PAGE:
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View Full Version : How Often Does This Happen?


blackbird
08-31-2006, 09:40 AM
It's an uncomfortable scenario to imagine, but I've heard about cases where agents simply "dump" their clients without word or warning. I suppose they may do so for any number of reasons. Perhaps they've discovered the writer is a problematic personality (i.e., nudges about their status too much, or demands too much) or maybe because they've decided the writer's work just isn't going to be profitable enough. It would seem to me, however, that just as writers are expected to do the courteous thing and give advance written notice, agents should likewise be held accountable in this regard. I read somewhere (perhaps it was a post on this forum) that the reason agents do this is because they know the client will just make "too much of a stink" about it if they make the initiative, so they simply stop returning calls and emails, basically eliminating all correspondence, in hopes that said writer will eventually "get the hint" and take the initiative upon themselves to officially end the relationship.

However, this could potentially leave a poor writer hanging in the lurch for months on end, waiting it out because they think, in good faith, that their agent is working on their behalf, when in fact they are getting the shaft. It seems like such an incredibly cold and cruel--not to mention unprofessional-- practice, and I can't imagine why any legitimate agency would do this to a client, no matter how bad the relationship.

I'm just curious to know how common this practice is, and if anyone has had this experience? Are there any red flag warnings, aside from lack of communication, that a writer should be alert to? It seems it would be strange to just call or email out of the blue and say, "Hey, am I still a client or not?" Is there no set industry standard for agents who decide to dismiss their clients?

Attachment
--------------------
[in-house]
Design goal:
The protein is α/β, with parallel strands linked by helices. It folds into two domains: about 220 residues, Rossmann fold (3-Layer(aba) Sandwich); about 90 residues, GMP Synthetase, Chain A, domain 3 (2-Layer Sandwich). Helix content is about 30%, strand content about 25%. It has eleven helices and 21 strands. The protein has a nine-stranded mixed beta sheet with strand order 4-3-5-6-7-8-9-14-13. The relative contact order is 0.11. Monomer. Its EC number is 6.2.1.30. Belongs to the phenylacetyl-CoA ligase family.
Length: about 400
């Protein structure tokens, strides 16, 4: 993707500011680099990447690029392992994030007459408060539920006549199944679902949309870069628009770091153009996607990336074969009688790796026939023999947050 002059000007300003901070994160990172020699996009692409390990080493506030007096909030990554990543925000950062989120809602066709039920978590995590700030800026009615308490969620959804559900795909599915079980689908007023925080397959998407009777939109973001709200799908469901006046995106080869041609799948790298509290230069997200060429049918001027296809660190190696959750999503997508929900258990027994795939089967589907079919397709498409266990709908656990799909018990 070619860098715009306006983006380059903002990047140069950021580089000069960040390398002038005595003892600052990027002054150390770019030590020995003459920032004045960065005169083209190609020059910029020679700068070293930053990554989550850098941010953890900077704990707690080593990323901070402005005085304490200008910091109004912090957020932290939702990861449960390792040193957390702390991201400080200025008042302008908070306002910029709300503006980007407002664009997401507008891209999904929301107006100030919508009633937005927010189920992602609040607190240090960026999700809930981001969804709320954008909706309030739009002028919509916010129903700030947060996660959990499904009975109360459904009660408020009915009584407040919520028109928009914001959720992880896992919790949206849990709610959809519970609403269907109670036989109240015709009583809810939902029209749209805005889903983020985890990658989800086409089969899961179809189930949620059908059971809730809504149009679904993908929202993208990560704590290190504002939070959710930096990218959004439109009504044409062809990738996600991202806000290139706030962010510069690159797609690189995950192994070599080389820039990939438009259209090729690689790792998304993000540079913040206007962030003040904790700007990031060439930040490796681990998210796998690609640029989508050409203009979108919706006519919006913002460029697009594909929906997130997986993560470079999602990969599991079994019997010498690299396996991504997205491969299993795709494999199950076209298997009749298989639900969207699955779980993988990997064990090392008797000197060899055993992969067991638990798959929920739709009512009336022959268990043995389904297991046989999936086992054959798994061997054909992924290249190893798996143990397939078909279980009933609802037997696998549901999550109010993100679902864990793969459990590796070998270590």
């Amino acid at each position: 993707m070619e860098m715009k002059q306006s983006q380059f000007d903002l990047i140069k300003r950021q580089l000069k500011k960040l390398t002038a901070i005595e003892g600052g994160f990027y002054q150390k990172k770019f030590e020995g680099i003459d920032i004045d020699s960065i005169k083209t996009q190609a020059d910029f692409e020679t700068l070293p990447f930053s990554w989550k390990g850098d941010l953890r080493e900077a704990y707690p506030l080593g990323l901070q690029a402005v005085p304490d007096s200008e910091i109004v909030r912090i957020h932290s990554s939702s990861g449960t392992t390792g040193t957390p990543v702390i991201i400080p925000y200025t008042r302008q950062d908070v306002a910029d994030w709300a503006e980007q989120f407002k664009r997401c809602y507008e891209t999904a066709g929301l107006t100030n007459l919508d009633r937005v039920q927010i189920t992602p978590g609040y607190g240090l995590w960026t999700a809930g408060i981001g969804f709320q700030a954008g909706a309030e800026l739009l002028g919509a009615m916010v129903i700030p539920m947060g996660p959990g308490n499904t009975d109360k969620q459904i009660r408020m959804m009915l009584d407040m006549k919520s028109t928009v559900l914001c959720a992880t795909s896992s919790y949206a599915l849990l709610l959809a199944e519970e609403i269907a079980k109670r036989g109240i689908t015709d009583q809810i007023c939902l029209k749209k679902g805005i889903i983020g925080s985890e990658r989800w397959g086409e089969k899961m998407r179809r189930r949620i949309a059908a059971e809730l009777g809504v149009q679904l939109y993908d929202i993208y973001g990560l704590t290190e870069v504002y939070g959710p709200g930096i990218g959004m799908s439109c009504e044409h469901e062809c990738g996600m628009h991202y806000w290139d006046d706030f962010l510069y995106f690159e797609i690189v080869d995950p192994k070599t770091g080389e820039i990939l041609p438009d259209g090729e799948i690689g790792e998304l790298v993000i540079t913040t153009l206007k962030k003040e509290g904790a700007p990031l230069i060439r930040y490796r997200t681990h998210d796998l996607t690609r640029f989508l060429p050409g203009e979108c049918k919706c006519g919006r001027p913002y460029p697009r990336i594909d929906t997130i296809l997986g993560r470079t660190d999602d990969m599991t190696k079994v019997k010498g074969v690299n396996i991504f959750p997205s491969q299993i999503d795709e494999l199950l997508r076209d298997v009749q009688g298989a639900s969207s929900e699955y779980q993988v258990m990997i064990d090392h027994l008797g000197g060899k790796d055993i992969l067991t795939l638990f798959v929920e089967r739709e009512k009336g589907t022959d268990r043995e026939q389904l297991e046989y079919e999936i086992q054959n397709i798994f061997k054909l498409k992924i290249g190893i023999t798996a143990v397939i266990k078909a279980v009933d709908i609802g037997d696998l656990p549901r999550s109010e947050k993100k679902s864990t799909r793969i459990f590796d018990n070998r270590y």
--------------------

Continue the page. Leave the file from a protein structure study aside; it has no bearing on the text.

popmuze
08-31-2006, 09:05 PM
I think (and in my personal experience) this happens often, especially if your book either doesn't sell or doesn't get accepted after a few tries.

When you're hot, they'll always return your calls, when you're not, it's not that they dump you, but you move off the radar. Suddenly your next book or next proposal is too problematic to deal with.

The only way to know if you're still a client is to confront the issue if you start feeling neglected. If you never get a call or an email back or an answer to your detailed letter, then you're pretty much in the dumpster.

If you do get a call, then maybe this relationship can be saved. If you score a movie deal on the novel, you can bet the relationship can be saved.

I also know of some published writers who haven't written in years, but they still have an agent. No harm keeping you on the list if nobody has to bother with you, year in and year out.

So, to sum up, it seems that "no answer" is gaining in popularity as the answer of choice.

Jamesaritchie
09-01-2006, 03:36 AM
It should never, ever happen, and there should, in fact, be a contract that stipulates how breakups go for both sides. A good agent never drops a client without plenty of notice. Nor should a writer ever dump an agent without notice.